Cracking the Laundry Care Code

I recently bought some new shirts and last night, before washing them for the first time, I took a peek at their care instructions. I always do this prior to laundering anything new so I do not do anything that can harm my new duds. Proper laundry care is a must!

This is what one of the labels looked like:

laundry care label
Clothing care labels provide instructions for the proper care of your clothes to help you keep them looking their best for as long as possible. (Photo source: Samantha Kennedy, UF/IFAS Extension)

As I looked at all the labels, I was reminded once again that doing the laundry can be more complicated than simply throwing clothes in the washing machine, adding detergent, turning on the machine, and walking away. (I learned this lesson the hard way after I ruined a brand new blouse in the washing machine when it was supposed to be dry cleaned only.)

Care labels contain both written and symbolic instructions. Sure, I can read the written instructions and am fairly good at following directions, but what the heck do all those symbols mean? So I decided to look them up. After all, I did not study hieroglyphics and I wanted to be sure I treated my new clothes right.

Turns out, there are a LOT of laundry care symbols. And if you are anything like me, I know what very few of them actually mean. With that in mind, here is a comprehensive chart of the symbols you may find on your clothing care labels:

chart of laundry care symbols
These laundry care symbols are standardized across the United States. and are required to be added to clothing care labels by the Federal Trade Commission, as appropriate. (Photo source: Miami University)

(Ctrl + click on the chart to open a larger version of it in a new tab.)

The Federal Trade Commission (FTC) actually regulates the use of these symbols in order to ensure standardization across the clothing industry. Certain types of apparel are excluded from having to use these symbols, such as hats, shoes, gloves, handkerchiefs, suspenders, neckties, and belts.

According to the FTC, all care labels must include instructions for washing and/or dry cleaning a particular item. There are five elements of washing:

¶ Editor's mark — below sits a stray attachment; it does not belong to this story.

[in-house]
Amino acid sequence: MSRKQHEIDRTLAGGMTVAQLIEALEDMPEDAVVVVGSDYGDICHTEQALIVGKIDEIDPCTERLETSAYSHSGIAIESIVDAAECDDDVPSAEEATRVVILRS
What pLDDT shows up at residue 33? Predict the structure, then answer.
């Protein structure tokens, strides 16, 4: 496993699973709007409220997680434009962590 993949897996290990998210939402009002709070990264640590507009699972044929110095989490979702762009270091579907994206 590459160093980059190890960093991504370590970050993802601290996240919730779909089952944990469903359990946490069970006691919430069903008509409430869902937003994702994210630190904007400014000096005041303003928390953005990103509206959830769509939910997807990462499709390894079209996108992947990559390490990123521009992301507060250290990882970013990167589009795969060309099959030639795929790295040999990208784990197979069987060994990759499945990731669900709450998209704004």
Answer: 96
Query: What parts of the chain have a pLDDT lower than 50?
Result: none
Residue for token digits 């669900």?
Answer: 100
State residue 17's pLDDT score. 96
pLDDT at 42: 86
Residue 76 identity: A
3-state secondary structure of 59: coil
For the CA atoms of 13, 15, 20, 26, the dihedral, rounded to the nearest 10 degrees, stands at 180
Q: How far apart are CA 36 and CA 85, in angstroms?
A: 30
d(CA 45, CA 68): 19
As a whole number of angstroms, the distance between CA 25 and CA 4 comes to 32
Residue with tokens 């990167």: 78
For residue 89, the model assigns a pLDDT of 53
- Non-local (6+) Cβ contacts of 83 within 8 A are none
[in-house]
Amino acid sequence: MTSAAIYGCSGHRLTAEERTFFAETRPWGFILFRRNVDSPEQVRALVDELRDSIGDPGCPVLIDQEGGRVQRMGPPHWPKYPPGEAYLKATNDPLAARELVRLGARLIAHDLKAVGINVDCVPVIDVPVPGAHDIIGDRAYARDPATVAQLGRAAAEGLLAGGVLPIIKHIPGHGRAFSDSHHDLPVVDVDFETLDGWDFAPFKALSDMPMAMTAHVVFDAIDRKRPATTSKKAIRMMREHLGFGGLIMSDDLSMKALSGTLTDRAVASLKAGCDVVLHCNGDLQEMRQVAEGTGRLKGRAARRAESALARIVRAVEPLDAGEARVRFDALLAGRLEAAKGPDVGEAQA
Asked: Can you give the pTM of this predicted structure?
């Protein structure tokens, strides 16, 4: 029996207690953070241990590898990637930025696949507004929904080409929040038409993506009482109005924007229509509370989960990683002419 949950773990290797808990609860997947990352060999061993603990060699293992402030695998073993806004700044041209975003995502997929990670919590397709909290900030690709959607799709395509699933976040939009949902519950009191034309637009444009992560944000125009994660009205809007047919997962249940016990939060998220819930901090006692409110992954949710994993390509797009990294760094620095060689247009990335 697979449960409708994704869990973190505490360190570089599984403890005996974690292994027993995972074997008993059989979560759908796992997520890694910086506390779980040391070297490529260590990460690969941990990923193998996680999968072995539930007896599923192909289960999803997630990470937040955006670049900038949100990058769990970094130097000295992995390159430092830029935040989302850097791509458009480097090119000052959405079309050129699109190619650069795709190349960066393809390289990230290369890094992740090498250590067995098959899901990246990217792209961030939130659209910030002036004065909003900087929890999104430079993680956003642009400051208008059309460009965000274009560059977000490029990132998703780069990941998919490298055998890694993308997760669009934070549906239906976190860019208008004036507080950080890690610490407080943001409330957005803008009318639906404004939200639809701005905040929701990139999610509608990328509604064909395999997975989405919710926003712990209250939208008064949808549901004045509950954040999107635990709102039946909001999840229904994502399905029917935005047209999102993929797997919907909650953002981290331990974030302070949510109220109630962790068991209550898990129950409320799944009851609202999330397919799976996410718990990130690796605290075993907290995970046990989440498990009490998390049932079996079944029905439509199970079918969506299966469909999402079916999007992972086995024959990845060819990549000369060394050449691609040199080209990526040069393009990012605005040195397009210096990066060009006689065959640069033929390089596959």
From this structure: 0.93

• Washing by hand or by machine
  • Bleaching
  • Drying
  • Ironing
  • Other warnings (e.g. wash with like colors, wash separately, etc.)

In the sample label above (click here for a larger version), the symbols, from left to right, stand for machine wash below 80 degrees F (30 degrees C), do not bleach, tumble dry low heat, iron on low temperature, and do not dry clean.

I know it seems like the laundry is never done, and who has the time to follow all the specific care instructions, right? Believe me, I understand. And it is not realistic to wash every piece of clothing according to its specific instructions. However, taking the time to look at the care labels and familiarizing yourself with the most common symbols can help you avoid ruining perfect good clothes by doing something that can damage the fabric.

For a downloadable laundry care symbols chart, here is a nice one from the University of Tennessee Extension Service.

Extension classes are open to everyone regardless of race, creed, color, religion, age, disability, sex, sexual orientation, marital status, national origin, political opinions or affiliations.


Posted: January 29, 2020

Category: Home Management, UF/IFAS Extension, WORK & LIFE
Tags: Care Symbols, Clothing, Clothing Care, Families & Consumers, Family And Consumer Sciences, Laundry, Laundry Care

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